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Research Letter
December 2016

Low Completion and Disparities in Advance Care Planning Activities Among Older Medicare Beneficiaries

Author Affiliations
  • 1Division of Geriatrics, University of California, San Francisco
  • 2San Francisco Veterans Affairs Medical Center, San Francisco, California
  • 3Center for Healthcare Outcomes and Policy at the University of Michigan, Ann Arbor
JAMA Intern Med. 2016;176(12):1872-1875. doi:10.1001/jamainternmed.2016.6751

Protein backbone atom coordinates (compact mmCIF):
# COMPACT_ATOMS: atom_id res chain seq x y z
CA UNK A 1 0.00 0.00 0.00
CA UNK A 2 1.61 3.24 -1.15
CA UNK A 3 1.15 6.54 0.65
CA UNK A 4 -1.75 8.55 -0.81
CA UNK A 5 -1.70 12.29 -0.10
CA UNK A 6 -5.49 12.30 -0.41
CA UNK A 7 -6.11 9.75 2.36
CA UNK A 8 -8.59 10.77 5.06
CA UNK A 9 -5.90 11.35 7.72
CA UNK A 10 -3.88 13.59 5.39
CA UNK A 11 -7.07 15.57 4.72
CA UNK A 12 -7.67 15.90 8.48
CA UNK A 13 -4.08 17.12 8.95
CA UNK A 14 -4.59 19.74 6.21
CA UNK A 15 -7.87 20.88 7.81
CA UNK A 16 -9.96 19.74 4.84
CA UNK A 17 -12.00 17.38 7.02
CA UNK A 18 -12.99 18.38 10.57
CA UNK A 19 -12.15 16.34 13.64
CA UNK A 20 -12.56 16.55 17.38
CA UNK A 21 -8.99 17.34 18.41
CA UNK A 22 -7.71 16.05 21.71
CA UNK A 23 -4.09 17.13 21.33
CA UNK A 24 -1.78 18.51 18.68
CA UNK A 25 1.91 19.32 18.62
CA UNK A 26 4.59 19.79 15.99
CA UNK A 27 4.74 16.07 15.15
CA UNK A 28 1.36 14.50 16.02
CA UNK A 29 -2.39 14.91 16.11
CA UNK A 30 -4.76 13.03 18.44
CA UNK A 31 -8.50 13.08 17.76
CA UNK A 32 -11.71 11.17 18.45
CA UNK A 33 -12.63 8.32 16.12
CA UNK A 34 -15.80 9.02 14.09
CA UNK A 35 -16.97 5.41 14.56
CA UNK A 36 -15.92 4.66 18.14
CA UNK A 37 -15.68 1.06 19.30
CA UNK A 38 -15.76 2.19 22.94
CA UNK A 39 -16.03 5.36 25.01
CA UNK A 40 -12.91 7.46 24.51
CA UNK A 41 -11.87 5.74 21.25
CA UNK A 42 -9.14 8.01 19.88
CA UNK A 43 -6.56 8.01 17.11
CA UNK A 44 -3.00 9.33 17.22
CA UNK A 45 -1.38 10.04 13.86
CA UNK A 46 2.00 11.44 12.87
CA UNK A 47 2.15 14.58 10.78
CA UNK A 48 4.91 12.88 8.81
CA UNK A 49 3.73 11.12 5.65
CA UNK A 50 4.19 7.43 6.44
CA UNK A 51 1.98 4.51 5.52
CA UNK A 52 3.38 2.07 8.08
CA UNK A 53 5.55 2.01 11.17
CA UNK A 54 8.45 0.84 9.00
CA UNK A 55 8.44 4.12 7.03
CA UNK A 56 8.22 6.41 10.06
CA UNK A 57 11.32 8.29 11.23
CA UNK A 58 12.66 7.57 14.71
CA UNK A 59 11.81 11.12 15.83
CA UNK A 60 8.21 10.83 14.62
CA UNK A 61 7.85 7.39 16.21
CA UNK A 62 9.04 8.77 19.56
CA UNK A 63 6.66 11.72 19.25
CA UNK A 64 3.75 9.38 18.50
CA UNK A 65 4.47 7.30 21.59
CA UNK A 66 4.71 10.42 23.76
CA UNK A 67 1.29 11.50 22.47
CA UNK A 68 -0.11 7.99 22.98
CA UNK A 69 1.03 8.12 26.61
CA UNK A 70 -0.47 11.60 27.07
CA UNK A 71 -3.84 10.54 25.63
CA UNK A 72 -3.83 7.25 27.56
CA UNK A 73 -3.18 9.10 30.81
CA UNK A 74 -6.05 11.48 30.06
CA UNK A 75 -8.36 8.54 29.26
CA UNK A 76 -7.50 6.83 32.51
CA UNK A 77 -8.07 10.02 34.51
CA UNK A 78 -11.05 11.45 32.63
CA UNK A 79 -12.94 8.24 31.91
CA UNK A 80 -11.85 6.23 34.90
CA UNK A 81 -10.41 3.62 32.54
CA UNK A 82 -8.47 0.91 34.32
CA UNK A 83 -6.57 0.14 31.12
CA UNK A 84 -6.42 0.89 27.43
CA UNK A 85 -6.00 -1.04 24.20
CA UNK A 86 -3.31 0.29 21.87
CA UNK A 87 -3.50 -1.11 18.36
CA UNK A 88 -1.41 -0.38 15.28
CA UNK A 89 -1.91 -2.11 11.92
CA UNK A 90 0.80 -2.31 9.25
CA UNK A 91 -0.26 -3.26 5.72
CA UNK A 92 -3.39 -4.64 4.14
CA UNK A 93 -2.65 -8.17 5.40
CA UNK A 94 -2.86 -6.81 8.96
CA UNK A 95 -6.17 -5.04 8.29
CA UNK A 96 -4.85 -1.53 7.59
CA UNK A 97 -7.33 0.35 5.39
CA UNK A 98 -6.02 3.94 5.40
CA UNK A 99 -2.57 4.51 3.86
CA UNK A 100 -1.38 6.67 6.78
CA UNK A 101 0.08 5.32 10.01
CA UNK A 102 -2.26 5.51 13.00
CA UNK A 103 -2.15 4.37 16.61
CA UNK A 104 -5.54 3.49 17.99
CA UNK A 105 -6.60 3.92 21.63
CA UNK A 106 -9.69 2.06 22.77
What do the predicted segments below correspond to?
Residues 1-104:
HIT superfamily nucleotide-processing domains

Advance care planning (ACP) is an iterative process that includes discussions about preferences for end-of-life (EOL) care, completion of advance directives (AD), and designation of a surrogate decision maker in a durable power of attorney for health care (DPOA).1,2 Engagement in ACP has increased over time.3 However, the rising tide of ACP may not have lifted all boats equally. Minorities, those with lower levels of educational attainment, and the poor may not have benefited from rising rates of ACP to the same extent that white, highly educated, affluent individuals have. Rates of ACP by older Latinos in particular are unknown. Further, we do not know if ACP uptake is greater among those in worse health and with poorer prognoses.

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